-> Since this is practically the only adjustable element of the sleeping bag, it is worth ensuring that its adjustment is convenient and possible while lying in the sleeping bag. Another worth considering option is using moisture-resistant fabric around the face opening. This solution helps protect the down from moisture coming from your breath while you sleep.

-> By the way, as we’re speaking of breathing during sleep, I would like to draw your attention to one common mistake made during camping, which is breathing inside the sleeping bag. Remember to always leave a small opening and exhale outside the sleeping bag, thus preventing the accumulation of moisture from your breath inside.

-> The footbox is the area of the sleeping bag responsible for thermal insulation of the feet, so it should be sufficiently spacious, and its design must take into account the anatomical positioning of the feet during sleep. Furthermore, in our sleeping bag configurator, you can customize your chosen sleeping bag model to your own needs... and select the additional option of placing more down only in the footbox to increase the level of thermal insulation in this crucial area.



The zipper, allowing for convenient entry and exit from the sleeping bag, is also the area where the greatest heat loss can occur. That's why in winter sleeping bags, insulated zipper tubes are used to prevent this. Another method is a compromise, which involves shortening the main zipper. Moisture settling on the zipper, which then freezes, can lead to its damage, so I recommend choosing more durable 5mm zippers.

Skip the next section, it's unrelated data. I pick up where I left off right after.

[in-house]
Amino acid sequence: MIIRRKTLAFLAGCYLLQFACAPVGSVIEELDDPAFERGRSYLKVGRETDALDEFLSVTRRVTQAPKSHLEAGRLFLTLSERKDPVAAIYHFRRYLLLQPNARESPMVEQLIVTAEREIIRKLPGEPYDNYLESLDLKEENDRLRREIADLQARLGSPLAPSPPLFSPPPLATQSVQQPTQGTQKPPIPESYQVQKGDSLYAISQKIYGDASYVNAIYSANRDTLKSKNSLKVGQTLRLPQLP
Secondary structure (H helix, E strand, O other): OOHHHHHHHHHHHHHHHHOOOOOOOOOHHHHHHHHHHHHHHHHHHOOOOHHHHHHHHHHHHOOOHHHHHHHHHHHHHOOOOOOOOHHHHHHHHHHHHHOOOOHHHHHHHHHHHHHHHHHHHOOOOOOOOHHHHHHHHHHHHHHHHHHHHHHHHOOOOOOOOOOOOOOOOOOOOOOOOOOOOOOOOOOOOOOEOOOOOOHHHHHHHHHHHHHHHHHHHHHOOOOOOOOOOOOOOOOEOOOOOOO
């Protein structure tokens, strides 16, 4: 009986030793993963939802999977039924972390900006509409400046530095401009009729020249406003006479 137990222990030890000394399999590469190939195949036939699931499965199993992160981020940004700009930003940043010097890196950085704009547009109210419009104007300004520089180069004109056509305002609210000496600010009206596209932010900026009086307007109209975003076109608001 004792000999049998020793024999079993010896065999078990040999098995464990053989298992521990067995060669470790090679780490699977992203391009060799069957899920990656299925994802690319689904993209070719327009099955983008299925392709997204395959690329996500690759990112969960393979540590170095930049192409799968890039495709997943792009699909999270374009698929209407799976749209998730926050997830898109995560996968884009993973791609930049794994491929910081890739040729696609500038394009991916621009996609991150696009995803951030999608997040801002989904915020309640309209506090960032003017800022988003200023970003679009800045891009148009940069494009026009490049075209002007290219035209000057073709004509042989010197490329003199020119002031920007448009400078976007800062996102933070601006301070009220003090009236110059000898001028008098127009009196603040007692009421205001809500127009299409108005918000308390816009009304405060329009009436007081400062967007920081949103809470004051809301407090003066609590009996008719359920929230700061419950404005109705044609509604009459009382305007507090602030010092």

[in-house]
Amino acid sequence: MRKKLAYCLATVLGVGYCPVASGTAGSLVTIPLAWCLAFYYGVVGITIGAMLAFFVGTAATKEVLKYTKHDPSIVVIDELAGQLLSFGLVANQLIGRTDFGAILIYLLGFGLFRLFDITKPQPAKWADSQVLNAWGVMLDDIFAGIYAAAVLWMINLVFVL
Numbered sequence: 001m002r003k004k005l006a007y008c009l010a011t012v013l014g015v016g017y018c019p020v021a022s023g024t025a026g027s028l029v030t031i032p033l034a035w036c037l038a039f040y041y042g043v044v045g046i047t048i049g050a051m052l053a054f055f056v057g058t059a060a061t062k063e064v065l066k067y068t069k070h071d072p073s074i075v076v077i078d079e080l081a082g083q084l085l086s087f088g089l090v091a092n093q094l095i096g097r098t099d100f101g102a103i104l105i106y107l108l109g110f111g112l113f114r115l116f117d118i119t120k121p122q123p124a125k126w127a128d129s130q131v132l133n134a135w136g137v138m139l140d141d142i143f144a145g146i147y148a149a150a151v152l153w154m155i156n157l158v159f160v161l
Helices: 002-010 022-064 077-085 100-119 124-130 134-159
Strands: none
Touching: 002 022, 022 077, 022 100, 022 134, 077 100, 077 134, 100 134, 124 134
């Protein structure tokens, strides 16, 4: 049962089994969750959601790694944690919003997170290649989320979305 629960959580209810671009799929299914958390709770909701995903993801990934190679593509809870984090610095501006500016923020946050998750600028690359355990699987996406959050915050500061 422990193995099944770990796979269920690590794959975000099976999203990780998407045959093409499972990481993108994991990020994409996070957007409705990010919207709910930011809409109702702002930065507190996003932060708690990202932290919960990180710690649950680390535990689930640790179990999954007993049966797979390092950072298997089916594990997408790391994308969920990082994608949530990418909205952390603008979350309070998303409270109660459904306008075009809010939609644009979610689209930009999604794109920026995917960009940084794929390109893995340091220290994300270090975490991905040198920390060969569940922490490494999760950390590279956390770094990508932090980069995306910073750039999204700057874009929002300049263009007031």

There's nothing worse than struggling with a zipper jamming into thin fabric when it's windy outside and the temperature hovers around -15 degrees Celsius (5 degrees Fahrenheit). To prevent such situations, we protect zipper sliders with special covers, additionally using stiff strips to protect the inner material.



The thermal collar is an essential component of a winter sleeping bag. It is basically an additional, adjustable chamber filled with down that can be fastened around the neck during sleep, allowing for proper adjustment. The purpose of the collar is to further insulate the interior of the sleeping bag, preventing the escape of warm air, which is crucial during freezing nights. Thermal collars can be secured with either Velcro or snaps. The former option should ideally include additional protection for its rigid part to prevent damage to delicate thermal clothing when the collar is not in use.




As you can see, choosing a good winter sleeping bag is not easy, and I hope this guide will help you make the right choice! Finally, I have one last tip: Remember that outdoor conditions are unpredictable, so a solid warranty and assistance beyond standard service, along with the option for repairs if necessary, are very important in this case. It will allow you to enjoy your new sleeping bag for decades to come!

That's why all Cumulus® products are covered by an unlimited warranty: Lifetime Experience. We always strive to repair damaged equipment, and additionally, we offer servicing and repair for all our products. It's not uncommon for us to receive sleeping bags, that are several years old, and after our "makeover," they are yet again ready for new outdoor adventures!



Decades of experience, premium materials, and ongoing improvements make our down sleeping bags incredibly user-friendly and exceptionally lightweight. Remember, if you need to, you can customize any model to your individual needs using the configurator tool: